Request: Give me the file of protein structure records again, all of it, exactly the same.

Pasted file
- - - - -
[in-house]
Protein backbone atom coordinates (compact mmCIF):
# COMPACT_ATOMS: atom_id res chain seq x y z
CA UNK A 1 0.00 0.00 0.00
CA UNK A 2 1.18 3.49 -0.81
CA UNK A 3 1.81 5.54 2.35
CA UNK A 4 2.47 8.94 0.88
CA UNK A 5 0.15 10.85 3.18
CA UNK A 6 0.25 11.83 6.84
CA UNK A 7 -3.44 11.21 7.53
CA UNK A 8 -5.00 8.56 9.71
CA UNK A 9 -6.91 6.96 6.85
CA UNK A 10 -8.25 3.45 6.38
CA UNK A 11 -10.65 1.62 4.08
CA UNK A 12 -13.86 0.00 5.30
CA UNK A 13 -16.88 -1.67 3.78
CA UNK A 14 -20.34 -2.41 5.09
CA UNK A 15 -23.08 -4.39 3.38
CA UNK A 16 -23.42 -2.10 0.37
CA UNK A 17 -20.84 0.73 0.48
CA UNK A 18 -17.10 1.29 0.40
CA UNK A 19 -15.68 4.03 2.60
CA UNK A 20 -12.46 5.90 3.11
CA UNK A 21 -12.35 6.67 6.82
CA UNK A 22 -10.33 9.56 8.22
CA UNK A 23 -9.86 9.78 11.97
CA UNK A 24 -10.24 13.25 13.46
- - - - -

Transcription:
[in-house]
Protein backbone atom coordinates (compact mmCIF):
# COMPACT_ATOMS: atom_id res chain seq x y z
CA UNK A 1 0.00 0.00 0.00
CA UNK A 2 1.18 3.49 -0.81
CA UNK A 3 1.81 5.54 2.35
CA UNK A 4 2.47 8.94 0.88
CA UNK A 5 0.15 10.85 3.18
CA UNK A 6 0.25 11.83 6.84
CA UNK A 7 -3.44 11.21 7.53
CA UNK A 8 -5.00 8.56 9.71
CA UNK A 9 -6.91 6.96 6.85
CA UNK A 10 -8.25 3.45 6.38
CA UNK A 11 -10.65 1.62 4.08
CA UNK A 12 -13.86 0.00 5.30
CA UNK A 13 -16.88 -1.67 3.78
CA UNK A 14 -20.34 -2.41 5.09
CA UNK A 15 -23.08 -4.39 3.38
CA UNK A 16 -23.42 -2.10 0.37
CA UNK A 17 -20.84 0.73 0.48
CA UNK A 18 -17.10 1.29 0.40
CA UNK A 19 -15.68 4.03 2.60
CA UNK A 20 -12.46 5.90 3.11
CA UNK A 21 -12.35 6.67 6.82
CA UNK A 22 -10.33 9.56 8.22
CA UNK A 23 -9.86 9.78 11.97
CA UNK A 24 -10.24 13.25 13.46